All retailers need to look beyond the number of stores they have, the number of products they sell, omnichannel tactics, or the price points they sell at. They need to define why they exist in the first place. Because without that they're just a warehouse pushing products. And Amazon is already pretty good at being that brand!

To put it in words every retailer understands, without a strong brand in retail the prediction is that you won't be able to scale your business. In fact chances are you won't have a business at all.

The rise of purpose-driven retail brands

With Gen Z taking a bigger share of the retail shopping more and more retail brands have felt the need to adjust their brand narrative. No longer is it enough to simply trust that your brand is repeating the same message. No, that message has to actually stand for something.

So when Nike says "Just do it", it's not just a matter of becoming a great athlete. It's a matter of being true to what you believe, and actually impacting the world to make it a better place. Probably the most famous example of purpose driven brand marketing is Nike's campaign with Colin Kaepernick. He got down on his knee during the national anthem in protest against police violence in the USA. The action polarized consumers, but from a business perspective it set a record high for the Nike share price. 

The importance of becoming a brand in retail

ASOS is another retailer who has openly stated their strategic decision to rewrite their brand story to focus on a purpose. As Nick Beighton CEO of ASOS stated...

We needed to do a reset and it was not financial. It was a time to rethink, recommit, and reconnect with our customers. We want to be famous for our purpose, products and people."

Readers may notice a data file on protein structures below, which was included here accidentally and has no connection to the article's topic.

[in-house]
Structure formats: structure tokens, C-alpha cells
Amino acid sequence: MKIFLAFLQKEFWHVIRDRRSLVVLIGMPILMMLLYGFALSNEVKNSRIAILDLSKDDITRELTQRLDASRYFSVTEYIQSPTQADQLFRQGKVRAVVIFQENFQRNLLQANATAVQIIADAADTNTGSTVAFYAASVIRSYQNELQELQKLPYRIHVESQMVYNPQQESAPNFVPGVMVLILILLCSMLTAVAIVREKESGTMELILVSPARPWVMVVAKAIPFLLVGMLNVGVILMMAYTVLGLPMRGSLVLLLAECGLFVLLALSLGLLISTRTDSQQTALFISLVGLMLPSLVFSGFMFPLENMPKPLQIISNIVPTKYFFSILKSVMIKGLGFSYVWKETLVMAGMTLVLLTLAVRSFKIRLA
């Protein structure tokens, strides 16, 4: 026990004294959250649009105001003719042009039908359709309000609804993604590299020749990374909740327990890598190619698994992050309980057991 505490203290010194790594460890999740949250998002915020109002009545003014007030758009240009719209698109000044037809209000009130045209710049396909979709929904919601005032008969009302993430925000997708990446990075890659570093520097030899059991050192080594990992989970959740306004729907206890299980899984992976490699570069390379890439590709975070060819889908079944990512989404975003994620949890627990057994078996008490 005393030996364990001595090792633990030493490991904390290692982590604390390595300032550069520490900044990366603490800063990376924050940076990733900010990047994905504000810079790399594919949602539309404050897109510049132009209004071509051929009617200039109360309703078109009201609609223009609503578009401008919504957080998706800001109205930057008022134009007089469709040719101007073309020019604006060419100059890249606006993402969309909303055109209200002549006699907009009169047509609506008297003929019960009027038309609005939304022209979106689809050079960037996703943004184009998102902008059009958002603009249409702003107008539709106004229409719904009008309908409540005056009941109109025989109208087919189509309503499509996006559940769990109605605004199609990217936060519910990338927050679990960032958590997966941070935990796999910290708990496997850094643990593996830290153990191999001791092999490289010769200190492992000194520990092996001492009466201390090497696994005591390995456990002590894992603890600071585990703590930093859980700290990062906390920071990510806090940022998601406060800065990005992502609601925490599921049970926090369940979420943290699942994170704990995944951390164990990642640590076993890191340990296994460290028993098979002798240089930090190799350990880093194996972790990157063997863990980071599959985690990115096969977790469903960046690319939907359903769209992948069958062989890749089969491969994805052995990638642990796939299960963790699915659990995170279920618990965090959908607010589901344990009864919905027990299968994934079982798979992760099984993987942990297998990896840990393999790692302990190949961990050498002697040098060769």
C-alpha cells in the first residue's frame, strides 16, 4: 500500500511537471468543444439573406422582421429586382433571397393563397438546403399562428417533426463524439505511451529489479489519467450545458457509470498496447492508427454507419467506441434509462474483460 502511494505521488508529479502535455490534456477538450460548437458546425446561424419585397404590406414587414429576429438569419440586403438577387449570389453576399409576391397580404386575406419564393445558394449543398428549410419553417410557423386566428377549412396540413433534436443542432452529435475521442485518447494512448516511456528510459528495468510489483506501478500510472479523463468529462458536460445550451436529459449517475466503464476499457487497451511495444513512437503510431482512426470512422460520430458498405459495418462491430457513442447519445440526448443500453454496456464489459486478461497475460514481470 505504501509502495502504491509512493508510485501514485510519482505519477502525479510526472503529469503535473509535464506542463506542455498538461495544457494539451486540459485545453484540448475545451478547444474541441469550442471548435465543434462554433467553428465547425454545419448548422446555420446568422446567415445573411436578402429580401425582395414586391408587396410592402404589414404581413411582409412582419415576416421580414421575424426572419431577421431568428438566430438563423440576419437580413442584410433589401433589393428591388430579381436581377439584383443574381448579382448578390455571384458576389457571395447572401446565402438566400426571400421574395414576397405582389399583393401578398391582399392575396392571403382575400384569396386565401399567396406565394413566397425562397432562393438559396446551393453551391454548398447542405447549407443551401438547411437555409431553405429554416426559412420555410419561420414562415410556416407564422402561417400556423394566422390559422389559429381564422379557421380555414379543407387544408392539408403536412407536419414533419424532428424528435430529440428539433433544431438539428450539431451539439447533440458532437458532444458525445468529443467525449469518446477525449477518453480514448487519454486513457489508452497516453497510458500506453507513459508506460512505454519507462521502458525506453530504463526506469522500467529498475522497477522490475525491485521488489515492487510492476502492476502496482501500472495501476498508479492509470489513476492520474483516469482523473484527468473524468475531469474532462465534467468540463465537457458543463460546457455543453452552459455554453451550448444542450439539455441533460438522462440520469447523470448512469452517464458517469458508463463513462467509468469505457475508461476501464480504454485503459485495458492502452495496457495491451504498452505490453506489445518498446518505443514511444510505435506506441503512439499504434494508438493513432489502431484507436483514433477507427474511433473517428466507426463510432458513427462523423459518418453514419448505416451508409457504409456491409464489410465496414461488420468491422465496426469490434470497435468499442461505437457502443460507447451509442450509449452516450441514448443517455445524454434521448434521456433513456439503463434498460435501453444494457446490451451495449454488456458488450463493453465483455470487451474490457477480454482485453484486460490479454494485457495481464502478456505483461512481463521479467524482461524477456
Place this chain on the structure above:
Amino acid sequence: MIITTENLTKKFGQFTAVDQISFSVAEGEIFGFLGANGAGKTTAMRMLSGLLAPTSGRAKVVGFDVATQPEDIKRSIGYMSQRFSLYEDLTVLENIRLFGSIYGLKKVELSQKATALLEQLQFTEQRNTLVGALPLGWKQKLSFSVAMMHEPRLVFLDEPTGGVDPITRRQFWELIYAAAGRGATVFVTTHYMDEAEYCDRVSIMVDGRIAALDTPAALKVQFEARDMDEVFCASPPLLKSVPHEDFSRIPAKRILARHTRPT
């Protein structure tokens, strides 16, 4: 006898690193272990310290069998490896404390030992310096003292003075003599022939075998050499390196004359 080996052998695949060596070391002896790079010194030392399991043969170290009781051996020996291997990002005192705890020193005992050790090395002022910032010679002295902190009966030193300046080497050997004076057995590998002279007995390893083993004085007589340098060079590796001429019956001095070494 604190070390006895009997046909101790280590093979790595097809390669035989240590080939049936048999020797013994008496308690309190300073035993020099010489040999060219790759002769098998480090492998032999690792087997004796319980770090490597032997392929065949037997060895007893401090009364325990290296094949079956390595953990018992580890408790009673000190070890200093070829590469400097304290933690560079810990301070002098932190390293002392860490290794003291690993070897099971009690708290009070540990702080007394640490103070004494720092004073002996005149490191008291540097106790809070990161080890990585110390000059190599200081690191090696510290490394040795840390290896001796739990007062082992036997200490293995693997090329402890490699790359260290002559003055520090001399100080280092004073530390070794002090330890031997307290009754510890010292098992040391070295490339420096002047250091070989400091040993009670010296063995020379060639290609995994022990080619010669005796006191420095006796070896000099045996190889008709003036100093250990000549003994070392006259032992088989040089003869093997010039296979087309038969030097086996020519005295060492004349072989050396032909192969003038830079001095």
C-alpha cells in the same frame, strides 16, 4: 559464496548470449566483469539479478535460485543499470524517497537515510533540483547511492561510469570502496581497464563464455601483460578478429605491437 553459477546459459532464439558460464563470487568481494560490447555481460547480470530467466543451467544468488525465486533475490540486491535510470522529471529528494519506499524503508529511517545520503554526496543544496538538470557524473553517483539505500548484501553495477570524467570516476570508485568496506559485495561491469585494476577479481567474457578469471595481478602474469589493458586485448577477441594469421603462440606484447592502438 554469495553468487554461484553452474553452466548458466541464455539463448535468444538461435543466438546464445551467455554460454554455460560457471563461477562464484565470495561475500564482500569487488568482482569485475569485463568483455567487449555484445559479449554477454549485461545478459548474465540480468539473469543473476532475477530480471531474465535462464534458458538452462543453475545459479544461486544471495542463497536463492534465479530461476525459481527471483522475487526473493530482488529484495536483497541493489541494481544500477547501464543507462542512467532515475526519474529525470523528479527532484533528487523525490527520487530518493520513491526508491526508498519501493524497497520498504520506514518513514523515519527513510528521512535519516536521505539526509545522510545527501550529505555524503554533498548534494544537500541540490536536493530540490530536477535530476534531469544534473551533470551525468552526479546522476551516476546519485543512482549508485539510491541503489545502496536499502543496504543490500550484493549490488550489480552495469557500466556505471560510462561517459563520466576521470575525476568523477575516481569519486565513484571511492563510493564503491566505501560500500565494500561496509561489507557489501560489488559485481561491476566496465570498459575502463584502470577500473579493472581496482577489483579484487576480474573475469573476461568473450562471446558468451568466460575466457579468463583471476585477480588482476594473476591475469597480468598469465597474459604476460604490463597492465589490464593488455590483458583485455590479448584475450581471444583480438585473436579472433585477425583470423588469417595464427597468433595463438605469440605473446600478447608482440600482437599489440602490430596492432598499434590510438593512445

It's difficult to decipher if a retailer actually stands by their brand and walks the walk. It's easy to claim a purpose, the challenge is to live it and build consumer trust. When you achieve that, you have a brand in retail that will prevail against trends, technology disruptions and competitors. 

Does it really require a purpose to sell a TV?

Only the future will tell. But there are a lot of indicators that it will. But keep in mind we don't all have to save the planet or eliminate racism. Having a purpose is not a competition of being the most politically correct. It's a matter of actually believing it, and being able to tactically use it to gain market shares with great communication and marketing tactics.

Branding is as old as retail itself, and looking ahead, your ability in retail to brand your business will become even more important. Not many of the products you're currently selling are unique. Chances are if you're selling it, many other retailers are too.

Imagine the same scenario I started this post with. But from the eyes of a purpose driven consumer generation.

It requires a simple Google search to do a shortlist that matches features and price. But if you've been able to brand your retail company to truly stand out in the market, you've significantly increased your chances of winning a new customer. If not, they probably won't even consider visiting your store.

And if they don't care about your purpose, they'll probably just look for the best deal - and that's a tough place to scale your business from.

Jesper Wilhelmsen

Jesper Wilhelmsen